Some critics have argued, credibly, that recent moves by Apple seem designed to undermine Flash as an application platform. Apple and Adobe are longtime partners, but relations between the companies appear to have cooled since Adobe purchased Macromedia in 2005. Apple's decision not to support Flash on the iPad, with its generous screen, is a conspicuous sign that Adobe's platform has fallen out of favor with Apple's CEO.

It wouldn't be the first time Jobs took it upon himself to kill a platform. In a 2007 interview with the New York Times, he characterized Java as a burden for developers, claiming, "Java's not worth building in. Nobody uses Java anymore." While this statement sounds ludicrous on its face, it's certainly true in Apple's camp. Although Apple once promised to make Java a first-class citizen on Mac OS X -- and Jobs once went so far as to call Mac OS X "the best platform for Java development" -- Apple deprecated the Java API for Cocoa in 2005, leaving Objective-C as the only viable choice. It seems Apple's allergy to anything not invented in Cupertino won't let it embrace anyone else's platform for long.

Taking the blinders off
Not every developer is disappointed with the iPhone SDK's latest draconian twist. John Gruber of Daring Fireball argues that the new license terms will mean no change for most developers, and "iPhone users will be well-served by this rule." But this view applies mainly to those developers who are already comfortable doing things strictly the Apple way. "If you're an iPhone developer and you are not following Apple's advice," Gruber warns, "you're going to get screwed eventually."

Fortunately, getting screwed and being led like cattle aren't the only options for smartphone developers, just as the iPhone OS isn't the only smartphone platform on the market. A growing number of developers are waking up to the idea that Apple may not have their best interests at heart. According to a recent study by AdMob, a mobile advertising firm, 70 percent of iPhone developers plan to release apps for Google's rival Android platform in the next six months.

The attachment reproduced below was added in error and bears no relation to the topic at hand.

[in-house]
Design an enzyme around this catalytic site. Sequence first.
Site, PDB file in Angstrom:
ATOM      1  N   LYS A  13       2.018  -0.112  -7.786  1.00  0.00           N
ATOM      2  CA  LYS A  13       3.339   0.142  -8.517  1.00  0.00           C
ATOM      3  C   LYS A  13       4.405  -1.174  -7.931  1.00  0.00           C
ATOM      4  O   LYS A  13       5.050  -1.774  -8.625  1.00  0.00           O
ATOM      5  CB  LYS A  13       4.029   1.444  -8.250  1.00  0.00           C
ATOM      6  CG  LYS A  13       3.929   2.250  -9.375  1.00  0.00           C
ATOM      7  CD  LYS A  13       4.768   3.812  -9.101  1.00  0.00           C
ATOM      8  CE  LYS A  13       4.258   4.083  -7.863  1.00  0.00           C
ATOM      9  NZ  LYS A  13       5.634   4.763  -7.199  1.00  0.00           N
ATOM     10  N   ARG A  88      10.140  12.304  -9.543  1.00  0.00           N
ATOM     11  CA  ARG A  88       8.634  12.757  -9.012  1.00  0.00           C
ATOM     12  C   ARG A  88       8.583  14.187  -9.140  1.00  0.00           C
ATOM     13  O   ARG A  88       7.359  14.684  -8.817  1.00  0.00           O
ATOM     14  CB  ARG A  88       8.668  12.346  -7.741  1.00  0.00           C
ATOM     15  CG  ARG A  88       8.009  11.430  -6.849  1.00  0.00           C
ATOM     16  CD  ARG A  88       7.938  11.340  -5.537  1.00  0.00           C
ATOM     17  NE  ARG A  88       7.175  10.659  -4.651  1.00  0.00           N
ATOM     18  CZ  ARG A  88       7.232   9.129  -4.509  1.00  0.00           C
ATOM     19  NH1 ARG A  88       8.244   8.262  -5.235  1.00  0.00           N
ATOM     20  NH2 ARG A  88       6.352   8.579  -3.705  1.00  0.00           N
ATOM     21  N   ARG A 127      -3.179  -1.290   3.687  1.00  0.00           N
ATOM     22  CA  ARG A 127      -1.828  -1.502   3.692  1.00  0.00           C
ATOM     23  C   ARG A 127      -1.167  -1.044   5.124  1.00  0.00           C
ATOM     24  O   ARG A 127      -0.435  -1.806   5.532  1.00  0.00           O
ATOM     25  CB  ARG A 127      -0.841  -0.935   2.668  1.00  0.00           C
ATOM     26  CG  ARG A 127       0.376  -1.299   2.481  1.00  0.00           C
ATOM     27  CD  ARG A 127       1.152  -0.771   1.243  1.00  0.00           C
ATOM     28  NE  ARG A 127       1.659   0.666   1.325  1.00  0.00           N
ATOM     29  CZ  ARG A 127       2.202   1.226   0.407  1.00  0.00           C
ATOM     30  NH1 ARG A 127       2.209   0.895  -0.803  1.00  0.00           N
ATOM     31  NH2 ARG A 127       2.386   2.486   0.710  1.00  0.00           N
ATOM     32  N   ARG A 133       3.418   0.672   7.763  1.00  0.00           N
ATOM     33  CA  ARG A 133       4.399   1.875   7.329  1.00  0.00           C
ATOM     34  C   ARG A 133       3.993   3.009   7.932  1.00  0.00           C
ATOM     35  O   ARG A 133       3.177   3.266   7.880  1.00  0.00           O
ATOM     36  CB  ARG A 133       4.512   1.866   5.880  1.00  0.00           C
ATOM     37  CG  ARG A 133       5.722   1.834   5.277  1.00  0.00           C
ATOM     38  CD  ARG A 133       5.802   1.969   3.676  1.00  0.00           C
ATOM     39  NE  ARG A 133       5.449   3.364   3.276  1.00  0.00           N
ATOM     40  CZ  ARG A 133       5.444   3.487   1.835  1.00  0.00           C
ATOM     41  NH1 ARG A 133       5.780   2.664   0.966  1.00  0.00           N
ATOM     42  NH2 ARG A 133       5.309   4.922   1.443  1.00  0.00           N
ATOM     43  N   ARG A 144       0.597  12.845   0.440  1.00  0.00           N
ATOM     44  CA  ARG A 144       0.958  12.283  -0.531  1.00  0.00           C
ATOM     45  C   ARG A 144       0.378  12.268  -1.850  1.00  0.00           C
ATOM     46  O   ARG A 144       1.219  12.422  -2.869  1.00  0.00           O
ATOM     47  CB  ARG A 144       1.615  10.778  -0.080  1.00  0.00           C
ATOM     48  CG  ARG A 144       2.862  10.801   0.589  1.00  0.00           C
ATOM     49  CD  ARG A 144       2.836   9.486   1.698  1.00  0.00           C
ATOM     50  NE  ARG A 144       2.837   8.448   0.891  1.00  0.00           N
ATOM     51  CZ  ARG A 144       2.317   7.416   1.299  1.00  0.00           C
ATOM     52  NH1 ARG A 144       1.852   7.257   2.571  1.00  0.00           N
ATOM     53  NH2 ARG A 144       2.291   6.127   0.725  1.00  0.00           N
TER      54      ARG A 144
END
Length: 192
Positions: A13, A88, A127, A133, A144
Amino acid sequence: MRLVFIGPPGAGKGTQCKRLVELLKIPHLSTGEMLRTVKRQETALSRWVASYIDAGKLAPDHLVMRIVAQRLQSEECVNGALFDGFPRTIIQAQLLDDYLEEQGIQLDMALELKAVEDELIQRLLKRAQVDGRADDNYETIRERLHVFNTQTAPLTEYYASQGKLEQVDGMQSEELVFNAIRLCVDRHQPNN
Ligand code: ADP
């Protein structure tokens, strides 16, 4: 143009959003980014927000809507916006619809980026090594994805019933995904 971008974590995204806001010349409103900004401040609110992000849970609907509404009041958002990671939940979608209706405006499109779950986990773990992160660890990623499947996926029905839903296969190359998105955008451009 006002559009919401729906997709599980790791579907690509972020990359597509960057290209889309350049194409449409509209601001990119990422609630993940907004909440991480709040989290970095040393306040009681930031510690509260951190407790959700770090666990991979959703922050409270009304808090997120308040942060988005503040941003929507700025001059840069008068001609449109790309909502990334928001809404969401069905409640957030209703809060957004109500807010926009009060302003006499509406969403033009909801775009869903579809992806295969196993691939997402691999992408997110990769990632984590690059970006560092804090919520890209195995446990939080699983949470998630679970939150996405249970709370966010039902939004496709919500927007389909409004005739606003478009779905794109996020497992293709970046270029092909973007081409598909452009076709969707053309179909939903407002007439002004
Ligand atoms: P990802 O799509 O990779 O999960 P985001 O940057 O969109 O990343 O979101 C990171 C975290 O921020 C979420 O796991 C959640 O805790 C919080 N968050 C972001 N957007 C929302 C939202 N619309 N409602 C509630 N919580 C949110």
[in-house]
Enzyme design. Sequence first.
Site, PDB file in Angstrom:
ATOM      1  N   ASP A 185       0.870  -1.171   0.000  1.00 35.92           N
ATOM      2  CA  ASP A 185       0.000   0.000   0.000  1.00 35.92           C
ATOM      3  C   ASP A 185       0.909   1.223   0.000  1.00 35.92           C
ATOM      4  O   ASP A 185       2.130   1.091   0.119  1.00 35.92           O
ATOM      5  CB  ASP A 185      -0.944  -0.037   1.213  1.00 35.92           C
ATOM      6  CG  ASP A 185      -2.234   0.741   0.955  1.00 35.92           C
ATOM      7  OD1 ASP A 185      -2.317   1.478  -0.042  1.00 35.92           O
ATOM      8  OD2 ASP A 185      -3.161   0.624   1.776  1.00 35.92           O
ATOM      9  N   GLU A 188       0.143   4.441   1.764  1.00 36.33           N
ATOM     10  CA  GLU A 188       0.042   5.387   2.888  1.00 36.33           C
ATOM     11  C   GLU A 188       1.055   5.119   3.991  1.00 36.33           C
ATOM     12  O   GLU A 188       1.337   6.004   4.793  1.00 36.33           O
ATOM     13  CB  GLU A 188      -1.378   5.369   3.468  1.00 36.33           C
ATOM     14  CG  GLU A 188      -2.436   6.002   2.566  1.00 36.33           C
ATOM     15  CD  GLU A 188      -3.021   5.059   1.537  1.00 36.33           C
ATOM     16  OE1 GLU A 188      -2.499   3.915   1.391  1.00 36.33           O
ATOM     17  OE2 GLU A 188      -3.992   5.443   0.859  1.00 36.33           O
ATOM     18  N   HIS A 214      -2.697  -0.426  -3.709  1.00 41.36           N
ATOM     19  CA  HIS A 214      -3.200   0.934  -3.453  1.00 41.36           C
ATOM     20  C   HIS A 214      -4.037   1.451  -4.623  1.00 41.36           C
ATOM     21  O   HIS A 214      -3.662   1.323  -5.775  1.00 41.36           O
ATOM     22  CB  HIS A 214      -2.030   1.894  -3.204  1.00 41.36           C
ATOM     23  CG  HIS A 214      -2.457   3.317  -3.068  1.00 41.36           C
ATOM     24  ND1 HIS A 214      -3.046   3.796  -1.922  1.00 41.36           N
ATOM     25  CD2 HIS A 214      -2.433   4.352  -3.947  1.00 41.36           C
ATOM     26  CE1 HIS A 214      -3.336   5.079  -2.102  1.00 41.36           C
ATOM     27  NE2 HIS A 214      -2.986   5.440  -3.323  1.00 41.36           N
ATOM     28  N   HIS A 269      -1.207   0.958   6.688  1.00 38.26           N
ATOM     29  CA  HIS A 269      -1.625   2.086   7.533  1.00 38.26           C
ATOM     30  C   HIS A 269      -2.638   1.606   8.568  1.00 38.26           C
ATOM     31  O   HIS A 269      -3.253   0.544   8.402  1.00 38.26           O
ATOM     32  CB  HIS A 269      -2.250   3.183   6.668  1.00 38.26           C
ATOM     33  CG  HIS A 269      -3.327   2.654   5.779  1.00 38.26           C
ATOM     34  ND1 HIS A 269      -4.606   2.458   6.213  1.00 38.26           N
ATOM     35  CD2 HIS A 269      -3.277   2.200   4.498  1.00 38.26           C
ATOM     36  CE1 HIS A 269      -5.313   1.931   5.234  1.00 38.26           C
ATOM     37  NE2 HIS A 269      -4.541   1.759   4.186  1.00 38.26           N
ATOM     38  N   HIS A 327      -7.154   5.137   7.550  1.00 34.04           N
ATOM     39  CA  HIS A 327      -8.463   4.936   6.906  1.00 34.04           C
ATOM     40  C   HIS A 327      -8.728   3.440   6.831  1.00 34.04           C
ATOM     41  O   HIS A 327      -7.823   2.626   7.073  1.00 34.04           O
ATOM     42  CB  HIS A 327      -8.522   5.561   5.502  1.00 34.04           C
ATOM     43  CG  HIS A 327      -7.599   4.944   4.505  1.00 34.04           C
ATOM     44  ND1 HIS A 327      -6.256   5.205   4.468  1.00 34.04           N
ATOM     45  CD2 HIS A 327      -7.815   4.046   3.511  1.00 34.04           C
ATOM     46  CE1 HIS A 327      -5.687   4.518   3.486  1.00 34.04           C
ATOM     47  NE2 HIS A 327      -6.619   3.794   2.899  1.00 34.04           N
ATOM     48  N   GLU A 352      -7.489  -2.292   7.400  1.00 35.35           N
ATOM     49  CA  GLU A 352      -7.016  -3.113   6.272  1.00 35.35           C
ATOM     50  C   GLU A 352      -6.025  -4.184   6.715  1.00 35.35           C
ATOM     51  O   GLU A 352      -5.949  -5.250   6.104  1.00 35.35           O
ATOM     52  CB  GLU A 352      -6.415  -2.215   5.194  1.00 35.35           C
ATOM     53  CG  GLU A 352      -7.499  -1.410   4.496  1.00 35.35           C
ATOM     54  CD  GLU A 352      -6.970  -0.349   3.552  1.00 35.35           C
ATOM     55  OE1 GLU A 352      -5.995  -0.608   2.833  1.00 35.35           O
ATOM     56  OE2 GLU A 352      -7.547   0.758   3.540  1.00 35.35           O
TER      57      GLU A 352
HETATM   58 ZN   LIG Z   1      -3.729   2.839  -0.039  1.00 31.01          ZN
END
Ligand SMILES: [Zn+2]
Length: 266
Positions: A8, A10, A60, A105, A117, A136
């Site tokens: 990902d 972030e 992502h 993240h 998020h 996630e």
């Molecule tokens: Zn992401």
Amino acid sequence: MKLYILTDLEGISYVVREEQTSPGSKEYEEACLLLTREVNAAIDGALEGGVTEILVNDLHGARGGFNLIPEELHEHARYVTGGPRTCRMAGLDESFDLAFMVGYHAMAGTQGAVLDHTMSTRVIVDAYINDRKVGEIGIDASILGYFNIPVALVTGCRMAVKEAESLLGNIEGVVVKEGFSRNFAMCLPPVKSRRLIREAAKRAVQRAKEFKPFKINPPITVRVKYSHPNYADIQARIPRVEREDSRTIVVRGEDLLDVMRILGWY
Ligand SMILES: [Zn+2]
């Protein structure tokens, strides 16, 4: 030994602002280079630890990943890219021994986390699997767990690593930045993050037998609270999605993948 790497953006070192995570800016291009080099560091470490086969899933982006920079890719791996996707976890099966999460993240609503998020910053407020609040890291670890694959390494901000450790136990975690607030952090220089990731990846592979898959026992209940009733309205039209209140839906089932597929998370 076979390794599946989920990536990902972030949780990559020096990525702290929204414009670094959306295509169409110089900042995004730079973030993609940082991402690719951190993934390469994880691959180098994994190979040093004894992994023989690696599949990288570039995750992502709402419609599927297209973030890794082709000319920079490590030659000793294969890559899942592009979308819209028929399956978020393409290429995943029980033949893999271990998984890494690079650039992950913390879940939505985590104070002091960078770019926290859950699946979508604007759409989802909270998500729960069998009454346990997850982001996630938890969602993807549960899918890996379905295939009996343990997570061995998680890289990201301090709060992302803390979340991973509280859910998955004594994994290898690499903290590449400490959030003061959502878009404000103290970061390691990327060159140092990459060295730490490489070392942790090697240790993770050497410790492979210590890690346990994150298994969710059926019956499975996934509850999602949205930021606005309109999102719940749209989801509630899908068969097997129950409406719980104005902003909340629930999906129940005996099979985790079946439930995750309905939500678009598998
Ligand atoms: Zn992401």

Among the die-hard Android supporters is Tim Bray, co-creator of XML, who recently took a job at Google as a developer advocate for the Android platform. Of Apple's iPhone ecosystem, Bray says, "I hate it. I hate it even though the iPhone hardware and software are great, because freedom's not just another word for anything, nor is it an optional ingredient."

Sadly, however, developers alone don't make a market. Consider Palm -- its WebOS platform is arguably the most attractive environment for smartphone developers, and Palm made a point of encouraging an active developer community from the start. And yet, while the iPhone App Store boasts more than 100,000 apps, Palm can claim but a few thousand, and sales of Palm handsets have been 25 percent lower than analysts forecast. This week, the other shoe dropped: Rumor has it that Palm, defeated, is now up for sale.

It seems smartphone customers don't care whether developers for their devices are free. Instead, they care about what their phones can do, and in that race Apple is far ahead. Until Android or some other platform can slow the iPhone's momentum, mobile developers are faced with an unpleasant reality: It's Steve Jobs' world. You just code in it.

This article, "iPhone developers: Locked into Apple's walled garden," originally appeared at InfoWorld.com. Read more of Neil McAllister's Fatal Exception blog and follow the latest news in software development and mobile computing at InfoWorld.com.

For comprehensive coverage of the Android ecosystem, visit Greenbot.com.